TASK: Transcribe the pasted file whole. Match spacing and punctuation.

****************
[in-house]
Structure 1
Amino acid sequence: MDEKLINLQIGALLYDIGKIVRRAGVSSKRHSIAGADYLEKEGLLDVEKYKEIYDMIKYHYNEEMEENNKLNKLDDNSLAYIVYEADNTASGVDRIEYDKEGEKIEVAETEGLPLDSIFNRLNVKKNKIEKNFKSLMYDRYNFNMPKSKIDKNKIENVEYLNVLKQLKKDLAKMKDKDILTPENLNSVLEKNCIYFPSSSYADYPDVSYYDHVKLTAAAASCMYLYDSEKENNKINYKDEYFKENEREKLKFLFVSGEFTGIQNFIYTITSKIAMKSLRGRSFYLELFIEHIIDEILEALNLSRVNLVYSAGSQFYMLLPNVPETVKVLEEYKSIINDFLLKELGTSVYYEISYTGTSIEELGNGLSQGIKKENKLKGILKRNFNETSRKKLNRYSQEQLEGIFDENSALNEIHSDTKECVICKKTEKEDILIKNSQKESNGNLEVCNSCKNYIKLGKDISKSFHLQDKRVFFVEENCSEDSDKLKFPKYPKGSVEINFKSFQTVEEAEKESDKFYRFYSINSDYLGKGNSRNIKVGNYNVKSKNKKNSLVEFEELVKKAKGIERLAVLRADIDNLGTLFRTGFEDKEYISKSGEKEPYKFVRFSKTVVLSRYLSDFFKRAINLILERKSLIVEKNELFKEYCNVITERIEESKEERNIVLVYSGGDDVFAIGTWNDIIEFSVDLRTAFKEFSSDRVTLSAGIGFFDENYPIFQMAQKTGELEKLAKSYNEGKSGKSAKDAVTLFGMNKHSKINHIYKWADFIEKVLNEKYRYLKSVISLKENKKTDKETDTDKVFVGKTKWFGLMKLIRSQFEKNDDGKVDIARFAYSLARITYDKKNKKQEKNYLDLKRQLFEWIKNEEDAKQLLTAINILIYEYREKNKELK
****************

[in-house]
Structure 1
Amino acid sequence: MDEKLINLQIGALLYDIGKIVRRAGVSSKRHSIAGADYLEKEGLLDVEKYKEIYDMIKYHYNEEMEENNKLNKLDDNSLAYIVYEADNTASGVDRIEYDKEGEKIEVAETEGLPLDSIFNRLNVKKNKIEKNFKSLMYDRYNFNMPKSKIDKNKIENVEYLNVLKQLKKDLAKMKDKDILTPENLNSVLEKNCIYFPSSSYADYPDVSYYDHVKLTAAAASCMYLYDSEKENNKINYKDEYFKENEREKLKFLFVSGEFTGIQNFIYTITSKIAMKSLRGRSFYLELFIEHIIDEILEALNLSRVNLVYSAGSQFYMLLPNVPETVKVLEEYKSIINDFLLKELGTSVYYEISYTGTSIEELGNGLSQGIKKENKLKGILKRNFNETSRKKLNRYSQEQLEGIFDENSALNEIHSDTKECVICKKTEKEDILIKNSQKESNGNLEVCNSCKNYIKLGKDISKSFHLQDKRVFFVEENCSEDSDKLKFPKYPKGSVEINFKSFQTVEEAEKESDKFYRFYSINSDYLGKGNSRNIKVGNYNVKSKNKKNSLVEFEELVKKAKGIERLAVLRADIDNLGTLFRTGFEDKEYISKSGEKEPYKFVRFSKTVVLSRYLSDFFKRAINLILERKSLIVEKNELFKEYCNVITERIEESKEERNIVLVYSGGDDVFAIGTWNDIIEFSVDLRTAFKEFSSDRVTLSAGIGFFDENYPIFQMAQKTGELEKLAKSYNEGKSGKSAKDAVTLFGMNKHSKINHIYKWADFIEKVLNEKYRYLKSVISLKENKKTDKETDTDKVFVGKTKWFGLMKLIRSQFEKNDDGKVDIARFAYSLARITYDKKNKKQEKNYLDLKRQLFEWIKNEEDAKQLLTAINILIYEYREKNKELK